During August Dick had labored in the alfalfa fields of Central
Washington, a harvest hand or "working stiff" among other migratory
agricultural workers. Among them, but not entirely of them.
Recruited from the lowest levels as men grade, gathered in at a
slave market on the coast, herded in bunk houses alive with vermin,
fully but badly fed, overflowing with blasphemy and filled with
sullen hate for those above them in the social scale, the "stiffs"
regarded him with distrust from the start.
In the beginning he accepted their sneers with a degree of
philosophy. His physical condition was poor. At night he ached
intolerably, collapsing into his wooden bunk to sleep the
dreamless sleep of utter exhaustion. There were times when he
felt that it would be better to return at once to Norada and
surrender, for that he must do so eventually he never doubted.
It was as well perhaps that he had no time for brooding, but he
gained sleep at the cost of superhuman exertion all day.
A feeling of unreality began to obsess him, so that at times he
felt like a ghost walking among sweating men, like a resurrection
into life, but without life. And more than once he tried to sink
down to the level of the others, to unite himself again with the
crowd, to feel again the touch of elbows, the sensation of
fellowship. The primal instinct of the herd asserted itself, the
need of human companionship of any sort.
But he failed miserably, as Jud Clark could never have failed. He
could not drink with them. He could not sink to their level of
degradation. Their oaths and obscenity sickened and disgusted him,
and their talk of women drove him into the fresh air.
The fact that he could no longer drink himself into a stupor puzzled
him. Bad whiskey circulated freely among the hay stacks and bunk
houses where the harvest hands were quartered, and at ruinous
prices. The men clubbed together to buy it, and he put in his
share, only to find that it not only sickened him, but that he had
a mental inhibition against it.
They called him the "Dude," and put into it gradually all the class
hatred of their wretched sullen lives. He had to fight them, more
than once, and had they united against him he might have been killed.
But they never united. Their own personal animosities and angers
kept them apart, as their misery held them together. And as time
went on and his muscles hardened he was able to give a better
account of himself. The time came when they let him alone, and
when one day a big shocker fell off a stack and broke his leg and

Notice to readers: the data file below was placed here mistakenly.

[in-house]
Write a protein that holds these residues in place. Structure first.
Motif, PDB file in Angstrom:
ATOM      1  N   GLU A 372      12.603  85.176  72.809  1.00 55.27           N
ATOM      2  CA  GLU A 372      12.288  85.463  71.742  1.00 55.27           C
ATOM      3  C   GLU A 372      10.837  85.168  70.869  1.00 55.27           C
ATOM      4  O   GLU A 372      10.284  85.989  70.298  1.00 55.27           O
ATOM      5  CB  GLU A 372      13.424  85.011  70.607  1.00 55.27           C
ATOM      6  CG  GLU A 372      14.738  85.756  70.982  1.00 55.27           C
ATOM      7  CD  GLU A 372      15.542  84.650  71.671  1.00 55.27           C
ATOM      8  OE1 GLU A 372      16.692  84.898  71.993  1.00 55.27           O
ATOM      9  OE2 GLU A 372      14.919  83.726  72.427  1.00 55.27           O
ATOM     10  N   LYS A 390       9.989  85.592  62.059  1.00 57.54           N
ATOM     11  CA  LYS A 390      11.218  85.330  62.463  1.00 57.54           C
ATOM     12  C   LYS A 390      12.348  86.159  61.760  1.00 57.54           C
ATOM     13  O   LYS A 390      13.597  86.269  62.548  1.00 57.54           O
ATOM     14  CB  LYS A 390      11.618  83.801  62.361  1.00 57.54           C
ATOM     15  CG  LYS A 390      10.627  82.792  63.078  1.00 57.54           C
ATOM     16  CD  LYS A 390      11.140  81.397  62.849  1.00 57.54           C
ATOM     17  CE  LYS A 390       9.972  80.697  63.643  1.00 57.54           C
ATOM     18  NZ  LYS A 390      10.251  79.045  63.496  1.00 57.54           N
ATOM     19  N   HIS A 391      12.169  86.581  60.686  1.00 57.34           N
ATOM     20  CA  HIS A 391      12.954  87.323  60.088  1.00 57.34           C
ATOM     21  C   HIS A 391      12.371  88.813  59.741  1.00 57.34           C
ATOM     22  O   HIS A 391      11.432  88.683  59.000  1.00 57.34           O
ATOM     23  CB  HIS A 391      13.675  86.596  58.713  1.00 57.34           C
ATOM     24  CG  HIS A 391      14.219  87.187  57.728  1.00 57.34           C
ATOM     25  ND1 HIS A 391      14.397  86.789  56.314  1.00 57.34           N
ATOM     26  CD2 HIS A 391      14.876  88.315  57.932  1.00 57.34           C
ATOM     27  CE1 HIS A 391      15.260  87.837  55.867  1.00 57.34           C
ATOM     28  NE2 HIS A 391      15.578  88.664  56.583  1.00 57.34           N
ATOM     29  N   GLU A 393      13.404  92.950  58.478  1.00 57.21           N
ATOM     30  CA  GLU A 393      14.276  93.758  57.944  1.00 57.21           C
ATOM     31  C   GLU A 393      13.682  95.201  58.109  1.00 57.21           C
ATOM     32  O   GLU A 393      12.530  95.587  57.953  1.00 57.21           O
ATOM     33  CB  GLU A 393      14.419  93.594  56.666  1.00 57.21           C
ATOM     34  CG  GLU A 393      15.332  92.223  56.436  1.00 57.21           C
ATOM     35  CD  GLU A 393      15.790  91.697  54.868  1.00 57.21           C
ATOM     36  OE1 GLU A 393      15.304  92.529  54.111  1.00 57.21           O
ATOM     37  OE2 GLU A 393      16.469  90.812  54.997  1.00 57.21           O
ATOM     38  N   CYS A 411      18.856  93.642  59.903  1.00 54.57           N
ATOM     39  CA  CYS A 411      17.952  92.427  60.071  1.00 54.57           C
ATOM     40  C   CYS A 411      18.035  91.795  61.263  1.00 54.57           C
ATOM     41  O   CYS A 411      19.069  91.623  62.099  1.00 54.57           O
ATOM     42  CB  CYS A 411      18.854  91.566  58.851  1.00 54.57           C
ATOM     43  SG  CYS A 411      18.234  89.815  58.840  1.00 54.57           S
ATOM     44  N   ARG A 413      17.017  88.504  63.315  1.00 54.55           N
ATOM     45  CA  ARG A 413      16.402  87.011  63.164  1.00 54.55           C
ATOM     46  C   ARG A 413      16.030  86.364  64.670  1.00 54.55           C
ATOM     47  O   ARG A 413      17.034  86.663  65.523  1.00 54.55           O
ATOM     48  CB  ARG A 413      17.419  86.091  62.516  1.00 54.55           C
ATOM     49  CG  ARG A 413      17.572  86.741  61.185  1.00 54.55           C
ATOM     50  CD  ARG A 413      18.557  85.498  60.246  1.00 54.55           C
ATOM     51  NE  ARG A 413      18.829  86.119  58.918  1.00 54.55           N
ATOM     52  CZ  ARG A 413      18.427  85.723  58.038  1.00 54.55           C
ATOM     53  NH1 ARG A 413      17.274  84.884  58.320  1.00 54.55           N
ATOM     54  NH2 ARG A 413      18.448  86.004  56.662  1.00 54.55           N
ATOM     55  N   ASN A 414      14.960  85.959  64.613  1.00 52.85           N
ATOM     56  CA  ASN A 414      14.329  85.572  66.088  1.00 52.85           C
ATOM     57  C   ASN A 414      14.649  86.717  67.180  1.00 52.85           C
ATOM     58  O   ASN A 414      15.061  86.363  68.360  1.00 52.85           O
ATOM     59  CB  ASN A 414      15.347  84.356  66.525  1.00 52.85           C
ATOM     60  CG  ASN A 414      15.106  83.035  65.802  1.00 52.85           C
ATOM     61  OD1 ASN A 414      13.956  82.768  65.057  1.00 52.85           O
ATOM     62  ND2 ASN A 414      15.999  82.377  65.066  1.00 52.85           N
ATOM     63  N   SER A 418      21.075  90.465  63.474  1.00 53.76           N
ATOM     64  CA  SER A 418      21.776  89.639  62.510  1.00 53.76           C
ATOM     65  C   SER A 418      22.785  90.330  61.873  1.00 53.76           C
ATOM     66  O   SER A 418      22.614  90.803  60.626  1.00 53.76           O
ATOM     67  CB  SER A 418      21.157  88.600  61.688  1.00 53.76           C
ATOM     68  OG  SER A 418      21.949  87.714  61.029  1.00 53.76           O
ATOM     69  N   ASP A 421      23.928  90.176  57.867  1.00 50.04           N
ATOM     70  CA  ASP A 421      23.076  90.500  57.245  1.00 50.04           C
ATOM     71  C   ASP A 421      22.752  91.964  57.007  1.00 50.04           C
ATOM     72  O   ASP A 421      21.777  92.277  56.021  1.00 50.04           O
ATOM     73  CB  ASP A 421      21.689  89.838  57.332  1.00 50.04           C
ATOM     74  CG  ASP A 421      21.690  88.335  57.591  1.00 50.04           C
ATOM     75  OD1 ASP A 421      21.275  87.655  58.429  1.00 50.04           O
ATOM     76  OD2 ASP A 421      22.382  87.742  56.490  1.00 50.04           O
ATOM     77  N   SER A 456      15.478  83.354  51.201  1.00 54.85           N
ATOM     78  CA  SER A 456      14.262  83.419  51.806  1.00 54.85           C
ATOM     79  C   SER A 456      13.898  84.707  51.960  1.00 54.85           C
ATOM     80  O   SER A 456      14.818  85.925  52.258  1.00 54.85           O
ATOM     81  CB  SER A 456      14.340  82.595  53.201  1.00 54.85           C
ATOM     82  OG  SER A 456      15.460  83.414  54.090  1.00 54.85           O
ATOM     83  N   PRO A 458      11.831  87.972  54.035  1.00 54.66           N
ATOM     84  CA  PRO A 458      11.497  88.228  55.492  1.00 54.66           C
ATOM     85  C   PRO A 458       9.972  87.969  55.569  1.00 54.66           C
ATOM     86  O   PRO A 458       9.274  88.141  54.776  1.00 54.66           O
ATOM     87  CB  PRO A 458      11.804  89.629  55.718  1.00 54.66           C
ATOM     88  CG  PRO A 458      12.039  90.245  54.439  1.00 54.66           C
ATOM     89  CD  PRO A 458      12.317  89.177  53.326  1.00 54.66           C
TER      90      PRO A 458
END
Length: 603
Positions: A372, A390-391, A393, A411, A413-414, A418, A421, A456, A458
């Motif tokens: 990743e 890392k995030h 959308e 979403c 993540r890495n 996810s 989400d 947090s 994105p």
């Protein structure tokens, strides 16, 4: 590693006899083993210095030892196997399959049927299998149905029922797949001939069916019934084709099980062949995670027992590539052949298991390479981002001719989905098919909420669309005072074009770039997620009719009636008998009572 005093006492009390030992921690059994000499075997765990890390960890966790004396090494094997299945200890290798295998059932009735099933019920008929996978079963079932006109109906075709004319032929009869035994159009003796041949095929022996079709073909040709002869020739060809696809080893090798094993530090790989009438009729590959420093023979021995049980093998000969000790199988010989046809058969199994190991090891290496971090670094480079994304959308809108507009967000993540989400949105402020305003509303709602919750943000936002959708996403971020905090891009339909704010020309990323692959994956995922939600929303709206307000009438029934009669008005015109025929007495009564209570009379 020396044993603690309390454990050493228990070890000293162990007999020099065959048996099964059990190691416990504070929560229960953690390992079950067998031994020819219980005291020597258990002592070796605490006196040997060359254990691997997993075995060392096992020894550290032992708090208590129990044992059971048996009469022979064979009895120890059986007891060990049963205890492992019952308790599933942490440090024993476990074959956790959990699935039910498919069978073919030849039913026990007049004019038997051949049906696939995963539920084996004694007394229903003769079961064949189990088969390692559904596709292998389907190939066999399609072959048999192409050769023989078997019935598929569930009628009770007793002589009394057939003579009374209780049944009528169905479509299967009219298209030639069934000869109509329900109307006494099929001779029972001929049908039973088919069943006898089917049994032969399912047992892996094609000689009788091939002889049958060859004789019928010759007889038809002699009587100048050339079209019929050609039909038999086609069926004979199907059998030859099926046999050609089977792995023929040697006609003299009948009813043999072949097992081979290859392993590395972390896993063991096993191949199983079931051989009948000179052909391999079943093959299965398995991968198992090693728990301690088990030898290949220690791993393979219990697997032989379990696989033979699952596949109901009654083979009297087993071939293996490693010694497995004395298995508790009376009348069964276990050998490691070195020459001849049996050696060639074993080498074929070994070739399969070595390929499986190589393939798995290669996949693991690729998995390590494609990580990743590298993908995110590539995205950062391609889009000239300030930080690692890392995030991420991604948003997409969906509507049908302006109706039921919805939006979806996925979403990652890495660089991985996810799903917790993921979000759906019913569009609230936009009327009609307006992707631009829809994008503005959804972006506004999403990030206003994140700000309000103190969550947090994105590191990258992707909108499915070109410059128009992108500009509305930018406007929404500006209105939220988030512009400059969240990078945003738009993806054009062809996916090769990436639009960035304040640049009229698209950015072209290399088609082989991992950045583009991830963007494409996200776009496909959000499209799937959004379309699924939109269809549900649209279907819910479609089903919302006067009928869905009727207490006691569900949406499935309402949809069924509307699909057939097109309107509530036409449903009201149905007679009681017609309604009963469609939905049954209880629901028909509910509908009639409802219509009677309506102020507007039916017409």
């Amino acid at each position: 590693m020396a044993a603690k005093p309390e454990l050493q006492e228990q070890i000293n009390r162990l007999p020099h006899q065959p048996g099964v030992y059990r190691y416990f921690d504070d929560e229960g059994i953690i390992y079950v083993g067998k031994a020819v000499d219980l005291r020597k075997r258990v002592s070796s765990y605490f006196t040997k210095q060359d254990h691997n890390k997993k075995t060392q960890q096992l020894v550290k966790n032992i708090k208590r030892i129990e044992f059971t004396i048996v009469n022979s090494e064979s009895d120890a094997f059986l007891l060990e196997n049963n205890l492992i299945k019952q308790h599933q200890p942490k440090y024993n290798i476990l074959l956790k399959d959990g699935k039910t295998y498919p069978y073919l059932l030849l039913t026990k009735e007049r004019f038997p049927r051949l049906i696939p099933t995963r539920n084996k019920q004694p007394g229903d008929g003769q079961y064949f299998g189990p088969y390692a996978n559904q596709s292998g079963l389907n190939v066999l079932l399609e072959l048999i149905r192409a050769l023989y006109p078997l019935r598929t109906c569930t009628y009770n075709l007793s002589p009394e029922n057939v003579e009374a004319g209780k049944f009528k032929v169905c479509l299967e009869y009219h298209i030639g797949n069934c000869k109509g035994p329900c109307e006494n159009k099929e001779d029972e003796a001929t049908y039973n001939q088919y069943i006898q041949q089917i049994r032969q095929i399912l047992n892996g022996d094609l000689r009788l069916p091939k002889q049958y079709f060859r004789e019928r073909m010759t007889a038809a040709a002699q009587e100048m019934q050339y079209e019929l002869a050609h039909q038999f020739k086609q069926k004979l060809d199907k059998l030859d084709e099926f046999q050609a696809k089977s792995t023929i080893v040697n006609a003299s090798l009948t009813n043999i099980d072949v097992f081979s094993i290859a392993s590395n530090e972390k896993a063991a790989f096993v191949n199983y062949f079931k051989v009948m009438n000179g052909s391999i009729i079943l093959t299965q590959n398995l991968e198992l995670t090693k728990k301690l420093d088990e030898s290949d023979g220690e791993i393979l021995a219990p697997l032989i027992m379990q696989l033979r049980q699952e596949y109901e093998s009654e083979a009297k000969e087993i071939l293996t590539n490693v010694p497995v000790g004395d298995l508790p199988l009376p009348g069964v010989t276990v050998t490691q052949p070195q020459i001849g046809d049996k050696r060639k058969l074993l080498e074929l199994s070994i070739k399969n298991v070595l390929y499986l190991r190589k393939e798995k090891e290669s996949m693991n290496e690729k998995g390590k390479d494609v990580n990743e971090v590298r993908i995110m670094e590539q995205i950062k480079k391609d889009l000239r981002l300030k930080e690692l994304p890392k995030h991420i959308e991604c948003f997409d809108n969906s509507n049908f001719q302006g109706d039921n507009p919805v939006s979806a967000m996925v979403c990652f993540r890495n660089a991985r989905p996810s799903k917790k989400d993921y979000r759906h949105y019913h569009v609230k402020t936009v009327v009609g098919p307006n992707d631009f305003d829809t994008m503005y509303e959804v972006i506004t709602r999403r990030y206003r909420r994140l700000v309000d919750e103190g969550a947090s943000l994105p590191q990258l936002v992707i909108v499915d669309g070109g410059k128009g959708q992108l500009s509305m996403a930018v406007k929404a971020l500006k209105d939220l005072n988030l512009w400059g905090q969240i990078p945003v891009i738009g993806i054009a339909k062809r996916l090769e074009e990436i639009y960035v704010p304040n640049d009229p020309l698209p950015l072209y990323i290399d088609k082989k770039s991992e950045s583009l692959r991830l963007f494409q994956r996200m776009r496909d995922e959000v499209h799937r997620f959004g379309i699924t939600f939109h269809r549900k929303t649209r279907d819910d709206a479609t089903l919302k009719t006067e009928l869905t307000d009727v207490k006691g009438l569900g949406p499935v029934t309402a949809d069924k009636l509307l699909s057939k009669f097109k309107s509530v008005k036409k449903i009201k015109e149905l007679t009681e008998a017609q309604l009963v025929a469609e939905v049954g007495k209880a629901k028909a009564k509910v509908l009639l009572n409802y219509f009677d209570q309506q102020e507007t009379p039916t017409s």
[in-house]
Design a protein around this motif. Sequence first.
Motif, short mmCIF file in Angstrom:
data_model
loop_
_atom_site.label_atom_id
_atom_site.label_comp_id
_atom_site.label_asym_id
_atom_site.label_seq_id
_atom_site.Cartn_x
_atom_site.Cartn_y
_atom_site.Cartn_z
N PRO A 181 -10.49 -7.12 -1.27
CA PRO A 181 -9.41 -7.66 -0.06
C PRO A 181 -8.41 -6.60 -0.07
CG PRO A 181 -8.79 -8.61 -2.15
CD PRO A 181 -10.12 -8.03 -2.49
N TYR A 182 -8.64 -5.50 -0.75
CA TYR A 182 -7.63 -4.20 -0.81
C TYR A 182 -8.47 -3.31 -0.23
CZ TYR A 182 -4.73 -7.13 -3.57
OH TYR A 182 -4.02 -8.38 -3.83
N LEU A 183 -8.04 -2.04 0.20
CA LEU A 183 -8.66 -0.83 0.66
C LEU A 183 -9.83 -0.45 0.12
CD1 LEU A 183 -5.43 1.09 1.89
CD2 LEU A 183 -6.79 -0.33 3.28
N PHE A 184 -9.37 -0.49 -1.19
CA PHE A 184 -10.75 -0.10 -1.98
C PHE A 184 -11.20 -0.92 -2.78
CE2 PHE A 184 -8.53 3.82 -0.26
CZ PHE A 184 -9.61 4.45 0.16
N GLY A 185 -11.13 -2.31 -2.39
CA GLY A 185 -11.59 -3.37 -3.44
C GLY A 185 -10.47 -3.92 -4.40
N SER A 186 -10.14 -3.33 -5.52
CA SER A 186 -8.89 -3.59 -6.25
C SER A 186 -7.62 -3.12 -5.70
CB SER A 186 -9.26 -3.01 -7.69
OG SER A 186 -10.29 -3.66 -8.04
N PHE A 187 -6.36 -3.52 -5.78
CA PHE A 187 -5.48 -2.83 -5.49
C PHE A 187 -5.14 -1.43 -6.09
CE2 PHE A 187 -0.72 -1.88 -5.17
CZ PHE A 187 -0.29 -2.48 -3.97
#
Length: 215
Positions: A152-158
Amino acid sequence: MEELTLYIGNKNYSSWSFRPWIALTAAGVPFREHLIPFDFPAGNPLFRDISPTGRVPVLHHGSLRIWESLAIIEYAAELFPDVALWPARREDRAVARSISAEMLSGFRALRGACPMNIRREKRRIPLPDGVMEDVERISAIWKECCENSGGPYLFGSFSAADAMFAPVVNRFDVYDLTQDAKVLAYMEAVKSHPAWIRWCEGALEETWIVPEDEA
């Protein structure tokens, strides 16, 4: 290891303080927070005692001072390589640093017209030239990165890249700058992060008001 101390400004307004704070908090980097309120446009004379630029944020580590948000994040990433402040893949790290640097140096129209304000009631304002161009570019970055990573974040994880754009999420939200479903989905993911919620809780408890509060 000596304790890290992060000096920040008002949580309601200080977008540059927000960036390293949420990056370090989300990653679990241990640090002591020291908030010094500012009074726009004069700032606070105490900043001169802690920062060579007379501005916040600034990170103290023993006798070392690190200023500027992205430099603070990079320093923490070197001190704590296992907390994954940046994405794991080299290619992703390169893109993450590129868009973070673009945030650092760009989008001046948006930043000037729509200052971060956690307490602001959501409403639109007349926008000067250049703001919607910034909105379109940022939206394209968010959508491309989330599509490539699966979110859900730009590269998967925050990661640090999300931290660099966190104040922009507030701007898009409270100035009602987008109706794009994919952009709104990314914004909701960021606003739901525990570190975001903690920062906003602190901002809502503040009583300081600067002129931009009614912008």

Dick set it, he gained their respect. They asked no questions, for
their law was that the past was the past. They did not like him,
but in the queer twisted ethics of the camp they judged the secret
behind him by the height from which he had fallen, and began slowly
to accept him as of the brotherhood of derelicts.
With his improvement in his physical condition there came, toward
the end of the summer, a more rapid subsidence of the flood of the
long past. He had slept out one night in the fields, where the
uncut alfalfa was belled with purple flowers and yellow buttercups
rose and nodded above him. With the first touch of dawn on the
mountains he wakened to a clarity of mind like that of the morning.
He felt almost an exaltation. He stood up and threw out his arms.
It was all his again, never to lose, the old house, and David and
Lucy; the little laboratory; the church on Sunday mornings. Mike,
whistling in the stable. A wave of love warmed him, a great
surging tenderness. He would go back to them. They were his and
he was theirs. It was at first only a great emotion; a tingling
joyousness, a vast relief, as of one who sees, from a far distance,
the lights in the windows of home. Save for the gap between the
drunken revel at the ranch and his awakening to David's face
bending over him in the cabin, everything was clear. Still by an
effort, but successfully, he could unite now the two portions of
his life with only a scar between them.
Not that he formulated it. It was rather a mood, an impulse of
unreasoning happiness. The last cloud had gone, the last bit of
mist from the valley. He saw Haverly, and the children who played
in its shaded streets; Mike washing the o1d car, and the ice cream
freezer on Sundays, wrapped in sacking on the kitchen porch. Jim
Wheeler came back to him, the weight of his coffin dragging at his
right hand as he helped to carry it; he was kneeling beside
Elizabeth's bed, and putting his hand over her staring eyes so
she would go to sleep.
The glow died away, and he began to suffer intensely. They were
all lost to him, along with the life they represented. And already